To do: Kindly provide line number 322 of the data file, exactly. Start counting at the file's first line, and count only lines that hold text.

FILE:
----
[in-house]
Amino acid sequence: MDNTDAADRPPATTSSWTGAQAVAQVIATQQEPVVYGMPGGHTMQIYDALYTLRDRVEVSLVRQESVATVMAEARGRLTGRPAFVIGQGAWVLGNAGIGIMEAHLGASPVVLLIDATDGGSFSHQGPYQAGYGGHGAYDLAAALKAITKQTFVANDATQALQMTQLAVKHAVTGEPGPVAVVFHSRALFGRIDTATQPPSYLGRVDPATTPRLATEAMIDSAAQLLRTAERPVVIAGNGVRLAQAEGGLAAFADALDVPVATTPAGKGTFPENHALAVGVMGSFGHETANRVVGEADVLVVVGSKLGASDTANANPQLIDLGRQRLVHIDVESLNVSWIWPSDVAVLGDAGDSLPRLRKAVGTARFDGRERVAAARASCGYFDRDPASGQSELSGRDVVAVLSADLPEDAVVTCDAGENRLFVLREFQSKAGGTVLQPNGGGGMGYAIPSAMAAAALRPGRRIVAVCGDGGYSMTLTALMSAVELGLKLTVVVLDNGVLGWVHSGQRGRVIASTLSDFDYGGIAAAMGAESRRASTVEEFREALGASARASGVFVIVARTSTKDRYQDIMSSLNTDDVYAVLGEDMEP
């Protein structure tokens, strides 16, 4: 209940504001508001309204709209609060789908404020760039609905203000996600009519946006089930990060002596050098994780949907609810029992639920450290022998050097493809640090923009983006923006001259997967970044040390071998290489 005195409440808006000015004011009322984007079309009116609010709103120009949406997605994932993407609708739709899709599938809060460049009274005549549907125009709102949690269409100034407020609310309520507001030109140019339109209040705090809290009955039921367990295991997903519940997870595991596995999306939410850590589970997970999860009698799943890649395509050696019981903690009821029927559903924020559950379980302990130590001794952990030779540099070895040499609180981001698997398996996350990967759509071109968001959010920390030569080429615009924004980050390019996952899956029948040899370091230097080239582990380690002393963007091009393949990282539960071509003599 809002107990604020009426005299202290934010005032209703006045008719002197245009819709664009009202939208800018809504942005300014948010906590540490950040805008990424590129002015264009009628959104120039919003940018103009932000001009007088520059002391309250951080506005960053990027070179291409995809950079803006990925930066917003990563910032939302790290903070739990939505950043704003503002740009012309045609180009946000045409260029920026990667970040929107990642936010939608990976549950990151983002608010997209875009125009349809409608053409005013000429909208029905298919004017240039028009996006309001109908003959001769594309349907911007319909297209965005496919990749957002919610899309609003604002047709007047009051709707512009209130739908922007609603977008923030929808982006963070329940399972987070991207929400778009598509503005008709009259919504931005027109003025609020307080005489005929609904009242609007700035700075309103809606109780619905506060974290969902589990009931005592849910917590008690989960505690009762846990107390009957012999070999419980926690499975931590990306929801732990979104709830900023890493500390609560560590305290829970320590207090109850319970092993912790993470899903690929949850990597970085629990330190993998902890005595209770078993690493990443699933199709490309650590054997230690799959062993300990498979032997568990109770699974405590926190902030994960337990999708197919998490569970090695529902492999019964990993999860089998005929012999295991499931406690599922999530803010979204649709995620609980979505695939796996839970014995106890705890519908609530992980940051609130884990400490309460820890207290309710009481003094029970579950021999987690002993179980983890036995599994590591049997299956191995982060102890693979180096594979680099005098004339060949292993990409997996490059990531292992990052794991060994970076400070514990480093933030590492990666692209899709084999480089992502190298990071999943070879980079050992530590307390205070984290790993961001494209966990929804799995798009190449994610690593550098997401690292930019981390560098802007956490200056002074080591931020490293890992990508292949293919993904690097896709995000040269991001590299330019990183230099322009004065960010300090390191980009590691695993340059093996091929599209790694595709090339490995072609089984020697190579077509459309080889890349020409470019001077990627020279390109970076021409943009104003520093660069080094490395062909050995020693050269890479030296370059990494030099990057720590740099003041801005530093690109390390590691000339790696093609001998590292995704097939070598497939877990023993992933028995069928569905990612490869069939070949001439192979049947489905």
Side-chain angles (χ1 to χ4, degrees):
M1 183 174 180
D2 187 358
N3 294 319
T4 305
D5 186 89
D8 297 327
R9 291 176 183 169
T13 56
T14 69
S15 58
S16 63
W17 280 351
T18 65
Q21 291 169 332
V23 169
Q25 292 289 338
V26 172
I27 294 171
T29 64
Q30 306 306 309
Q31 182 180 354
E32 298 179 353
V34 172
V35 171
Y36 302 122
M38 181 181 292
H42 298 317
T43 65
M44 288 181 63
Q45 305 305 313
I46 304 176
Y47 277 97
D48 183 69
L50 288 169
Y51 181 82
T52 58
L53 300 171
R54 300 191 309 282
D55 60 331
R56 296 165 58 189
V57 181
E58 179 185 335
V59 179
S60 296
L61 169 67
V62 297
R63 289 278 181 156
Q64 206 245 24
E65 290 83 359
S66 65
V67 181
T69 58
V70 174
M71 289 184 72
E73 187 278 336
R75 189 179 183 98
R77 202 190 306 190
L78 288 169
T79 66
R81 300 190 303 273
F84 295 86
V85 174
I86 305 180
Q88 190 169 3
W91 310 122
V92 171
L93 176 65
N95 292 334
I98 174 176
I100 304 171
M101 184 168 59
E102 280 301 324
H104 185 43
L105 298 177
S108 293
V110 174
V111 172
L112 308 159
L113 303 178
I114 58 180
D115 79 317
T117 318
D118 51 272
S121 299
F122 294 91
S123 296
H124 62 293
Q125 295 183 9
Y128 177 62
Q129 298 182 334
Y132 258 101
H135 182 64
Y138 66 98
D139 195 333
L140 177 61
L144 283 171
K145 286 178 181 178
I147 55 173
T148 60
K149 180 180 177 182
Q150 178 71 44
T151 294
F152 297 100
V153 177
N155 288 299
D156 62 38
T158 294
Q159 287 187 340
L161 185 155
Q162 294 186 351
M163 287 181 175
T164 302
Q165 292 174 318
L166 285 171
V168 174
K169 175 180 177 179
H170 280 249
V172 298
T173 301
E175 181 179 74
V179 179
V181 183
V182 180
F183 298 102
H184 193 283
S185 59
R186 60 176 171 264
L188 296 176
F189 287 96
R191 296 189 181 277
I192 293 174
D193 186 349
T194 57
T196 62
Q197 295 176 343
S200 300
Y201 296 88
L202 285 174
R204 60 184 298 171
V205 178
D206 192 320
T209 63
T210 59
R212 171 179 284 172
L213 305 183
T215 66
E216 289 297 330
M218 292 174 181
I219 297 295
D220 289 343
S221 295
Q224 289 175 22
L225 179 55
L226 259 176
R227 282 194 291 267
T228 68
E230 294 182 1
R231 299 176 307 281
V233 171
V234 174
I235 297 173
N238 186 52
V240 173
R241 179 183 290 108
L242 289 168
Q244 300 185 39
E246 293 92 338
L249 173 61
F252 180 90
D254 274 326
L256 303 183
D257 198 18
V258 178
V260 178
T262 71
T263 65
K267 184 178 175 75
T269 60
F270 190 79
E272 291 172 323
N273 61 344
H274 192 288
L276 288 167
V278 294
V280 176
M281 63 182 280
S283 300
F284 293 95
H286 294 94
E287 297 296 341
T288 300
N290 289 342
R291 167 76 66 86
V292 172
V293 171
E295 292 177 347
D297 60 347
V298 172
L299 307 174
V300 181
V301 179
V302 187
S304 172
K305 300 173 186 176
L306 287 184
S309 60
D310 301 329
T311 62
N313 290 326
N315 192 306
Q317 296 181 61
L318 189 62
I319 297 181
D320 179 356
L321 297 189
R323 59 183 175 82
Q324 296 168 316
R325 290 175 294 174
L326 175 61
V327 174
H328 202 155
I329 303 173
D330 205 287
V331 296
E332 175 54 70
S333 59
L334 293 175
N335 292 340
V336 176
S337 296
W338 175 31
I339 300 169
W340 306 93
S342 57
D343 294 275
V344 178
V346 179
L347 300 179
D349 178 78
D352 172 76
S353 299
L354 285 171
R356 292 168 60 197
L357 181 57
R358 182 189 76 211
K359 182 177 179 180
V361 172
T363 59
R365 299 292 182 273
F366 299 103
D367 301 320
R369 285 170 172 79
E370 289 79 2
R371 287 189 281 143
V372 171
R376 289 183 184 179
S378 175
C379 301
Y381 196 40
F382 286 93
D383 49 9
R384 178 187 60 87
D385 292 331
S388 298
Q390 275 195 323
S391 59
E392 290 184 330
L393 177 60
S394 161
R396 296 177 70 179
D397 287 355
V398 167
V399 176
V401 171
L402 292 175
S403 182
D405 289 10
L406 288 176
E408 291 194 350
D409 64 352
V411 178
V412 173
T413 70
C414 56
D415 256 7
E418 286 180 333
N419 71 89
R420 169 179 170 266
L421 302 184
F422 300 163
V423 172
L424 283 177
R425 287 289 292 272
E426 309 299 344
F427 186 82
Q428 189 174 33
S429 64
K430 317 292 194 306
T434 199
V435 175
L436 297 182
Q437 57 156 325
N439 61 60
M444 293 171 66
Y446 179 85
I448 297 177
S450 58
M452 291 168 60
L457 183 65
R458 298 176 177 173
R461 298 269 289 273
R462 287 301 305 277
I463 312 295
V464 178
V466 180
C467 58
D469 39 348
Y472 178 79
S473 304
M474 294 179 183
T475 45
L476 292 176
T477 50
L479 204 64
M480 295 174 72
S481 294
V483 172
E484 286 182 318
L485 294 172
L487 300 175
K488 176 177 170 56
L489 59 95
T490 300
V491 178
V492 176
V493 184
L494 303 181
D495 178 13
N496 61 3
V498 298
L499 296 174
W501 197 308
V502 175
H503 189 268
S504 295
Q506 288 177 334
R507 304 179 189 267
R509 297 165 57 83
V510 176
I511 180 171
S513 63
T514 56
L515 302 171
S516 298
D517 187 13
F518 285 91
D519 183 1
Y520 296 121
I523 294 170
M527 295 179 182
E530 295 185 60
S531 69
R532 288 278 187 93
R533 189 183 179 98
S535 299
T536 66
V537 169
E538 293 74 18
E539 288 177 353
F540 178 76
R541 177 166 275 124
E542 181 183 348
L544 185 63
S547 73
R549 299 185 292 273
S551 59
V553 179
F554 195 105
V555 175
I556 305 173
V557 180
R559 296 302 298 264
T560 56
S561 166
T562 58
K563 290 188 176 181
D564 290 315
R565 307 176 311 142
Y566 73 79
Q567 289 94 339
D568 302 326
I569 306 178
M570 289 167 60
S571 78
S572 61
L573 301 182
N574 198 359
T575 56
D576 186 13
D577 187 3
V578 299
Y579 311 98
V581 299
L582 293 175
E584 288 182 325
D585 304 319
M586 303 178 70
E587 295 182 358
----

Y472 178 79